Kness named bankpresident/CEO
FAIRFIELD — Iowa State Bank & Trust Company of Fairfield has announced the appointment of Aaron Kness as its president and CEO.
Kness takes over the position previously held by Jon Simplot, who retired from the bank in March after 25 years of service.
Kness has 17 years of experience in banking and finance and is a graduate of both the University of Iowa’s College of Business and the Graduate School of Banking at the University of Wisconsin-Madison.
Most recently, Kness served as market president for U.S. Bank, where he led three branch offices in Washington, Williamsburg and Richland. Prior to U.S. Bank, Kness held the title of vice president of commercial lending at Iowa State Bank & Trust in Fairfield.
“I am excited and humbled to return to Iowa State Bank as president/CEO,” he said. “It’s an honor to lead a team of such outstanding people, and I’m thrilled to be doing business in my adopted hometown again.”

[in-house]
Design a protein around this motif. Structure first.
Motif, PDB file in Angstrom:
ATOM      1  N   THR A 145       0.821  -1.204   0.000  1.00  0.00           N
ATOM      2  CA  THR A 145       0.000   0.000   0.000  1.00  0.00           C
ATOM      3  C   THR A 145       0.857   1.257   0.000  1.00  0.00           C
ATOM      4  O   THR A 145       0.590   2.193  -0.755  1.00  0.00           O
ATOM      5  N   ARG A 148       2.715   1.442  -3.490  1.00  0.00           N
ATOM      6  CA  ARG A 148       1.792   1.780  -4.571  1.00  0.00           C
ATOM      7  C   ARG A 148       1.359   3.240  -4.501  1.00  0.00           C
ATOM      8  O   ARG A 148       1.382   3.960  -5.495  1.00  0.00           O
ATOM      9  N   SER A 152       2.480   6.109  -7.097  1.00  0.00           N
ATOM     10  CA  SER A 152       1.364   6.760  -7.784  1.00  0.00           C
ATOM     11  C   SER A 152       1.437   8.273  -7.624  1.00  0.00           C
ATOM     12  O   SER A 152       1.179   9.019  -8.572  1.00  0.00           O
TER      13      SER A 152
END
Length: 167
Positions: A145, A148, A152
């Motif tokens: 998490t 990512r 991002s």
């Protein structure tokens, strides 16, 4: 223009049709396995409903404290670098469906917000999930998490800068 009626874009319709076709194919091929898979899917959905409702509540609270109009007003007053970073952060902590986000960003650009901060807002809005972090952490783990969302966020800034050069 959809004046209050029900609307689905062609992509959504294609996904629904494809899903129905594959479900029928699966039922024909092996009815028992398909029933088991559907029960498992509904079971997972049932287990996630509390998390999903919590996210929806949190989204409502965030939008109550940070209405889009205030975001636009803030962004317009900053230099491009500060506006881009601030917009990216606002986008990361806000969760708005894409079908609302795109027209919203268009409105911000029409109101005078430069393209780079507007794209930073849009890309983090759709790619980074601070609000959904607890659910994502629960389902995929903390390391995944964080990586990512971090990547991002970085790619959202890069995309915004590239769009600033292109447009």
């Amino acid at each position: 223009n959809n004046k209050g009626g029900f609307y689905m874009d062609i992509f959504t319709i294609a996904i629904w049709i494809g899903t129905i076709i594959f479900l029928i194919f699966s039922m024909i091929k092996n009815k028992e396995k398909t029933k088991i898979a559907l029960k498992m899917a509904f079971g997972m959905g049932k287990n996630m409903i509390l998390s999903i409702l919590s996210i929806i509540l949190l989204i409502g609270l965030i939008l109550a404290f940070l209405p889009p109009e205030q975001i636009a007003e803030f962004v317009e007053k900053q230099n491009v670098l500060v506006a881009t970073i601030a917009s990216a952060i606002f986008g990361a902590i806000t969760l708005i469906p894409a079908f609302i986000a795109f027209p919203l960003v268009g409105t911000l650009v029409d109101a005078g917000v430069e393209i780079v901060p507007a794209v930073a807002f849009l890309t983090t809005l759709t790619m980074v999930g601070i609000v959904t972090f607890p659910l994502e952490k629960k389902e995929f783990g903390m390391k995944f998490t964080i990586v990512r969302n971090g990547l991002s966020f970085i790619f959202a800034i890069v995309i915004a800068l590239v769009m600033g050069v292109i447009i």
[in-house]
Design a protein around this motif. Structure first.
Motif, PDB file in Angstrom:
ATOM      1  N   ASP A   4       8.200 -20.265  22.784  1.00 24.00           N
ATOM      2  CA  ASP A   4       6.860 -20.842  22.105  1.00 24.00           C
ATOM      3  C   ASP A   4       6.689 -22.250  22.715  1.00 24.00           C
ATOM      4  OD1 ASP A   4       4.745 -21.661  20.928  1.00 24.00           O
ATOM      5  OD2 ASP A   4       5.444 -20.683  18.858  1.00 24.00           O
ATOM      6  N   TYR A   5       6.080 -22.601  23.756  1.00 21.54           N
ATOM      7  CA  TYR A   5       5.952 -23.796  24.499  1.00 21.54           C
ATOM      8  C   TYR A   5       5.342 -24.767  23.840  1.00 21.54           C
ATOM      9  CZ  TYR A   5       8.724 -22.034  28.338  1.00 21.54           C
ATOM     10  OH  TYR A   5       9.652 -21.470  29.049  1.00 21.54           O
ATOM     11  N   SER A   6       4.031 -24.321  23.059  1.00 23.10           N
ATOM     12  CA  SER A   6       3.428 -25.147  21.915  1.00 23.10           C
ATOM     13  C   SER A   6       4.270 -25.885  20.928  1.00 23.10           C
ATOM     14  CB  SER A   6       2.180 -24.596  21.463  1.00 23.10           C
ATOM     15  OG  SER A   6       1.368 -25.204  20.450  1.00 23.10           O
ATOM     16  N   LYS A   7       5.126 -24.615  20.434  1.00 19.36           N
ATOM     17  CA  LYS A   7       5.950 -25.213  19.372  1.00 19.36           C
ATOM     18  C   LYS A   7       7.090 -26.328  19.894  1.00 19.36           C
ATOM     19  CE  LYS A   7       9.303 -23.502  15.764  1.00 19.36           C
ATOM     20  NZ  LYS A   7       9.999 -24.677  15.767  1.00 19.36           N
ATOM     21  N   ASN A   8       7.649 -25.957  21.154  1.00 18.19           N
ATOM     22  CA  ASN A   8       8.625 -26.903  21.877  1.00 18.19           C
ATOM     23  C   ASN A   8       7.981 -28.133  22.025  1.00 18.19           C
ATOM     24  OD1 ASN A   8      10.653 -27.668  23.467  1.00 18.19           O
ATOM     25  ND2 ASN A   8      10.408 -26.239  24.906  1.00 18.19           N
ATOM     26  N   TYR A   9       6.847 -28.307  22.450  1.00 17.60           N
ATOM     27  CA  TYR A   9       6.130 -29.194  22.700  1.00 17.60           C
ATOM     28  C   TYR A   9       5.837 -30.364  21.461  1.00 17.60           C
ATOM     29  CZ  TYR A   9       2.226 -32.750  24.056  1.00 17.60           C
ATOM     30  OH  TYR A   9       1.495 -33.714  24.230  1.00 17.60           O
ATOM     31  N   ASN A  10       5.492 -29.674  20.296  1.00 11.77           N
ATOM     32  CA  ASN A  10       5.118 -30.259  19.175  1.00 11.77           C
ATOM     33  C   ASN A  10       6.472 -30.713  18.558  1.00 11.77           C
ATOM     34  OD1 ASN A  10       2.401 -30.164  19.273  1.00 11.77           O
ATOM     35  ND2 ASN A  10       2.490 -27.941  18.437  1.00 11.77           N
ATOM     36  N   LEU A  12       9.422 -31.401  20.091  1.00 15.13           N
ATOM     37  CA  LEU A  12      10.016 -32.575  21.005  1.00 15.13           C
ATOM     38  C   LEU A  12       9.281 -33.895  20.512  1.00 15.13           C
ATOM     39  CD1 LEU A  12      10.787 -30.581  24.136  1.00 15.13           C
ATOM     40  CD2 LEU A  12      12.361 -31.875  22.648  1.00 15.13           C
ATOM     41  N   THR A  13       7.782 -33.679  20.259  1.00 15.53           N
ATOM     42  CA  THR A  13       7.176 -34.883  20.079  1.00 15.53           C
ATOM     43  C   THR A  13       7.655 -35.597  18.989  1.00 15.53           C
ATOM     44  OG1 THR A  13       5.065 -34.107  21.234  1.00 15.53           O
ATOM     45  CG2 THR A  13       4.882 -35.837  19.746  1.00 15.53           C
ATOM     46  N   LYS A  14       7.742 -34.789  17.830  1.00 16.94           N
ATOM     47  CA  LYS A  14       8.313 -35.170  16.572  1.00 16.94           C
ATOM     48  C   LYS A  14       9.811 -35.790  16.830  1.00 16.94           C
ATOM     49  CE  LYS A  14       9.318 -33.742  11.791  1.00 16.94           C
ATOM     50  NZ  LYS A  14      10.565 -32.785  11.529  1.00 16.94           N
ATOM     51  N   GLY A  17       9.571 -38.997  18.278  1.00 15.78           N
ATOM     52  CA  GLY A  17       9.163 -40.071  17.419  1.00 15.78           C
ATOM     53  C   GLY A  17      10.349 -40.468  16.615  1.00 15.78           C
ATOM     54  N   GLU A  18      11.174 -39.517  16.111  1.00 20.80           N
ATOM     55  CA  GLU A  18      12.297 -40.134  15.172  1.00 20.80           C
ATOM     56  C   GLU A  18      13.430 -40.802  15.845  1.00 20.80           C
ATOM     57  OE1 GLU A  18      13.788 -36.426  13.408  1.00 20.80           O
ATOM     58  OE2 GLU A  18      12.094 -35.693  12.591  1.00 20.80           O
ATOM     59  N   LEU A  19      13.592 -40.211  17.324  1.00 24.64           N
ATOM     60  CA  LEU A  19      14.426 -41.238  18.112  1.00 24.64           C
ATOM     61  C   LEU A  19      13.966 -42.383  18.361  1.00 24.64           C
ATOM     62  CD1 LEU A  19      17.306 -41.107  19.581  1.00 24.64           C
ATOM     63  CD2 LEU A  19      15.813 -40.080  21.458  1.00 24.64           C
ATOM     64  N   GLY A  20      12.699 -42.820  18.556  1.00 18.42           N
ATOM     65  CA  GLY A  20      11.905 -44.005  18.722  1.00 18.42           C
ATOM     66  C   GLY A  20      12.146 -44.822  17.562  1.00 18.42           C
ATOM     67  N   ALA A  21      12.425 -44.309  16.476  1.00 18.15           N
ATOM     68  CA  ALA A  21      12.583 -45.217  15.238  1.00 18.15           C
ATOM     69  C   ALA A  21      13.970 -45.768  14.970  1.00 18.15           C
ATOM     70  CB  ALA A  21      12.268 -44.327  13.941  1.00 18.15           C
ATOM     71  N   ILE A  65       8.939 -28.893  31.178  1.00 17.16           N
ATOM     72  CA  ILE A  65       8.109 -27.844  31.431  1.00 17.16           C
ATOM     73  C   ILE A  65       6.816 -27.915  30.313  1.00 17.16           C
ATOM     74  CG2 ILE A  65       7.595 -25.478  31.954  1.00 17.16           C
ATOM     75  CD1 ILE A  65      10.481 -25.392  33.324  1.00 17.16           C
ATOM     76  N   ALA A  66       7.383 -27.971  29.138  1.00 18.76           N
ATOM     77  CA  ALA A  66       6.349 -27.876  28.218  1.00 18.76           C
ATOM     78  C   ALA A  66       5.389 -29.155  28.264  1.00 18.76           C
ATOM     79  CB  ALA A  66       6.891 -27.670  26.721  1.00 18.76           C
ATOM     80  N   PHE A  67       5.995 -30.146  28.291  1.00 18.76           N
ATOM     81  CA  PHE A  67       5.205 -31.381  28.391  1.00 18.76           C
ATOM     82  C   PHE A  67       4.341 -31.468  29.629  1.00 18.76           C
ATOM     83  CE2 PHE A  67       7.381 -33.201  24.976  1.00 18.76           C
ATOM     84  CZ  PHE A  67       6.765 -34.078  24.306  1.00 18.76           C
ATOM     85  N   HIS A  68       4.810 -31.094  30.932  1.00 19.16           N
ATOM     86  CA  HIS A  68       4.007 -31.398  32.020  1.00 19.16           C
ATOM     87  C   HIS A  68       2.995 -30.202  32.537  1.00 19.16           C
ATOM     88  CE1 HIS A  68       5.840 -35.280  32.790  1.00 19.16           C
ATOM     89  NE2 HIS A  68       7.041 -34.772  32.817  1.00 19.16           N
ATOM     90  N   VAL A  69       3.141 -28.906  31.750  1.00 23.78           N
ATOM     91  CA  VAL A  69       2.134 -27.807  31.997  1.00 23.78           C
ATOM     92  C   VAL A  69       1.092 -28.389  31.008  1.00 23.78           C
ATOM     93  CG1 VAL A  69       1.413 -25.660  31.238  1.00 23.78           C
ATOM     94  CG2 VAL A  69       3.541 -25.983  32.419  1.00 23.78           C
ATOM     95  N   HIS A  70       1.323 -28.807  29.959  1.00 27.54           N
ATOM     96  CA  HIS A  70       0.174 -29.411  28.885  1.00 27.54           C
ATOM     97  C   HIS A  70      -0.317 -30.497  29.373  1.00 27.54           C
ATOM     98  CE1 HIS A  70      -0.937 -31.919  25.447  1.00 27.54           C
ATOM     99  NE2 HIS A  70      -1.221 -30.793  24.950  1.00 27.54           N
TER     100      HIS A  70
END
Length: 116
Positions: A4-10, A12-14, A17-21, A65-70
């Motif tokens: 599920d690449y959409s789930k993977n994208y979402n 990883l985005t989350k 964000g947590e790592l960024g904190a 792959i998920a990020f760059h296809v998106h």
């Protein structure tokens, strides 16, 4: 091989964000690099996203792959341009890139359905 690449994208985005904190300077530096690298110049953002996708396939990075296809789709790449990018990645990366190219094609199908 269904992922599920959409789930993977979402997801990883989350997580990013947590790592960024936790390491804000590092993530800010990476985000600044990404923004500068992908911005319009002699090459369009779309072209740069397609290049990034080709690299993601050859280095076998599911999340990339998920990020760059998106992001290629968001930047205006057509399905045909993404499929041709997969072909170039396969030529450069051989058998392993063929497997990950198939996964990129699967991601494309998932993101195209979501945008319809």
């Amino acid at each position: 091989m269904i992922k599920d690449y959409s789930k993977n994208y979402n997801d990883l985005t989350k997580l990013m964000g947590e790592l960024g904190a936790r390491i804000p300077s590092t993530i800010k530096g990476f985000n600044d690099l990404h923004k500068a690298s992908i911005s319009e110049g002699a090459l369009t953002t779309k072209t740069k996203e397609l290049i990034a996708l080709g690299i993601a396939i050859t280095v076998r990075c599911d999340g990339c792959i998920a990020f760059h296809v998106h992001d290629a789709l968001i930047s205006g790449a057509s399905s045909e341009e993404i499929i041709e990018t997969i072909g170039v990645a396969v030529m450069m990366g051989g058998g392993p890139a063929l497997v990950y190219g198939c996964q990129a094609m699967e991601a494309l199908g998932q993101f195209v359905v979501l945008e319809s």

Kness and his wife, Terri, have two children, and reside in Fairfield.
Pathfinders receives grantfor mine reclamation
OTTUMWA — Pathfinders Resource Conservation and Development, Inc. received a $100,000 Watershed Cooperative Agreement grant from the Office of Surface Mining. The grant will be used to help fund reclamation of the “Glenn South” Abandoned Mine Land (AML) site in Wapello County. Other partners in the project include the Iowa Department of Agriculture and Land Stewardship Division of Soil Conservation and the Wapello Soil and Water Conservation District.
Surface coal mines that ceased operations before 1977 were not required to be “reclaimed” by the operator once the mining stopped. This means an area strip-mined for coal was often left with large piles of the overburden that was stripped away so coal could be extracted.
Unreclaimed mine lands present several environmental and aesthetic problems including exposed remnant coal leading to acid mine drainage, acid mine drainage lowering the pH in receiving waterbodies which negatively affects aquatic life and reduces biodiversity, acidic soils do not support the growth of vegetation so landscapes look barren and the soil continues to runoff without vegetation to hold it in place and dangerous “highwalls” and large, steep spoil piles from mining activity that can be hazardous to people and animals traversing the site.